compact, the cytoplasm is a deeper blue.
• The growing trophozite acquires coarse granules of dark
brown or black pigment and may assume a band shape across
• Infected red cells are normal or even smaller than most in
size since old cells are preferentially infected.
• A period of 72 hours is required for the development of
the mature schizont, which resembles a daisy or rosette
with only eight to ten oval merozoites.
• A compact mass of greenish black pigment is often located
centrally, surrounded by merozoites.
• The gametocytes are similar to those of P. vivax but are
RING TROPH TROPH COMPACT TROPH
BAND FORM IMMATURE SCHIZONT MATURE SCHIZONT SCHIZONT
SCHIZONT SCHIZONT SCHIZONT FEMALE GAMETOCYTE
~* PLASMODIUM FALCIPARUM *~
• This differs from other plasmodia of humans in that,
except in infections with very high parasitemia, only in the
ring forms of early trophozoites and the gametocytes are
ordinarily seen in the peripheral blood.
• Schizogony takes place in the capillaries of the muscles
and viscera, and very few schizont are found in the
• The infected red blood cells are of normal size.
• The presence of more than one ring form in a cell is
• Double chromatin dots are frequently found in P.
falciparum ring forms, and only occasionally in the rings of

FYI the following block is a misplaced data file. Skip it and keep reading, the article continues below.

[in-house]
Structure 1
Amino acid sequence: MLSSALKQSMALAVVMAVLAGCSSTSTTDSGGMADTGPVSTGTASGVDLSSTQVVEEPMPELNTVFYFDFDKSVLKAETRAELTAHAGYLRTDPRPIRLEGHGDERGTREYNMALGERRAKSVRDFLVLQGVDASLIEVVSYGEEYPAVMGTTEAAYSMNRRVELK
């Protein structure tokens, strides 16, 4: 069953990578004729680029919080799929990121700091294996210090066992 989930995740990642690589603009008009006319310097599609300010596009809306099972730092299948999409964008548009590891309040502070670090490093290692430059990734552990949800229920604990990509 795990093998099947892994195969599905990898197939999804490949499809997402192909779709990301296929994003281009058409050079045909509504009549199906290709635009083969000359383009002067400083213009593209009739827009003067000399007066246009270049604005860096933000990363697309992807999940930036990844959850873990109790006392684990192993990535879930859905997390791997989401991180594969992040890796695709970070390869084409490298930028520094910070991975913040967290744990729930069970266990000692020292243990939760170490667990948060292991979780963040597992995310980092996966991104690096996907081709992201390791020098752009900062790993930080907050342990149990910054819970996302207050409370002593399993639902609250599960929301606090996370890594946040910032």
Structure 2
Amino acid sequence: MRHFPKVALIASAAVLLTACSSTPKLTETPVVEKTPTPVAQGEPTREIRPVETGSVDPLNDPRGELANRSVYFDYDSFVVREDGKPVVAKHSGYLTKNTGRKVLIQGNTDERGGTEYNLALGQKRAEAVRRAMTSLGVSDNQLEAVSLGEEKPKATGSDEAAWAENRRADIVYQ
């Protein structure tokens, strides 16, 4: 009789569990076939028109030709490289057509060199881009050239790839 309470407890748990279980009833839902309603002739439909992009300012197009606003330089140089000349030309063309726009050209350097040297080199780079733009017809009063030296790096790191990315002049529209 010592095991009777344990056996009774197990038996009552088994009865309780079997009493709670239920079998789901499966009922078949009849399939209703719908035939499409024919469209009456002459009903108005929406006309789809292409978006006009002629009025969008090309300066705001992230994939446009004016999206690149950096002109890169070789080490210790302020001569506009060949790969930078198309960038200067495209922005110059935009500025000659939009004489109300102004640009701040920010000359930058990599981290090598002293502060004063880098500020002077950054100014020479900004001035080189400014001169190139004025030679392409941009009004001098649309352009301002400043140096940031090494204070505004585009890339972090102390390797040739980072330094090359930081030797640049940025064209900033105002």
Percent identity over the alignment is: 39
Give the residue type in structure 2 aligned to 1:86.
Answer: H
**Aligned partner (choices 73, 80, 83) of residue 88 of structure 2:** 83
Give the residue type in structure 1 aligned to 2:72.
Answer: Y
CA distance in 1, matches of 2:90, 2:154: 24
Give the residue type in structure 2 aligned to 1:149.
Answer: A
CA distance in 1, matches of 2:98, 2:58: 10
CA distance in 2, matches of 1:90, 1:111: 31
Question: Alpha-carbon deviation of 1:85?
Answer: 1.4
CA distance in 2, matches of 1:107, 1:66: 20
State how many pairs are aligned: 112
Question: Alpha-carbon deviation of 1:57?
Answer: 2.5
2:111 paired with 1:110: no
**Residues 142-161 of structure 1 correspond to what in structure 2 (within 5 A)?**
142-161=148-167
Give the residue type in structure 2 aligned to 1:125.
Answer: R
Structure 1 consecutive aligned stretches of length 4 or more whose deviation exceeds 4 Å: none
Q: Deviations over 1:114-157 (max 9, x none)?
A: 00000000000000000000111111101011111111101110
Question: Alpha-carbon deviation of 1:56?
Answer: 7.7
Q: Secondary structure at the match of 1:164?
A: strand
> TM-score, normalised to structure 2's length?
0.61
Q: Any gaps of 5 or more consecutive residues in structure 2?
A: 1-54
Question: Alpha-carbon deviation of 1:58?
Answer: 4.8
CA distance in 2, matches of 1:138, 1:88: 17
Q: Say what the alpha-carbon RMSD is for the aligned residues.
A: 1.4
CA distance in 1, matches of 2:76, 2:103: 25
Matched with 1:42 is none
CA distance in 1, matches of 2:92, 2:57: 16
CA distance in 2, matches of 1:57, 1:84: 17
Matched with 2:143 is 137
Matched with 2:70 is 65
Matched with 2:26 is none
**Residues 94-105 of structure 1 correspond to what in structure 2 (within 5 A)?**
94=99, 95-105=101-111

• The schizonts, seldom found in the blood, resemble those
of P. vivax but have smaller and a few more merozoites
when mature and ready to rupture.
• The immature gametocytes gradually acquire an elliptical
shape, stretching but remaining within the red cell.
• When fully developed, they have a characteristic banana
shape, the so-called crescent.
• In cells, infected with P. falciparum there are sometimes
cytoplasmic precipitates known as Maurer’s dots that
appear as irregularly distributed red spots or clefts.
APPLIQUE FORM DOUBLE RING MULTIPLE RING
OLD RING RING TROPHOZOITES
MATURE SCHIZONT GAMETOCYTE MALE GAMETOCYTES
~* PLASMODIUM OVALE *~
• Commonly found in West Africa, but infrequently
encountered elsewhere, is similar to P. vivax and P. malariae
in several characteristics.
• The infected red blood cells are slightly enlarged, can be
of oval shape, and show Schuffner’s dots.
• An important diagnostic feature is the irregular or
fimbriated appearance of the edges of the infected red
• Schizonts have centrally massed pigment and only about
eight merozoites when mature.
RING RING RING
TROPH TROPH TROPH
SCHIZONT SCHIZONT MATURE SCHIZONT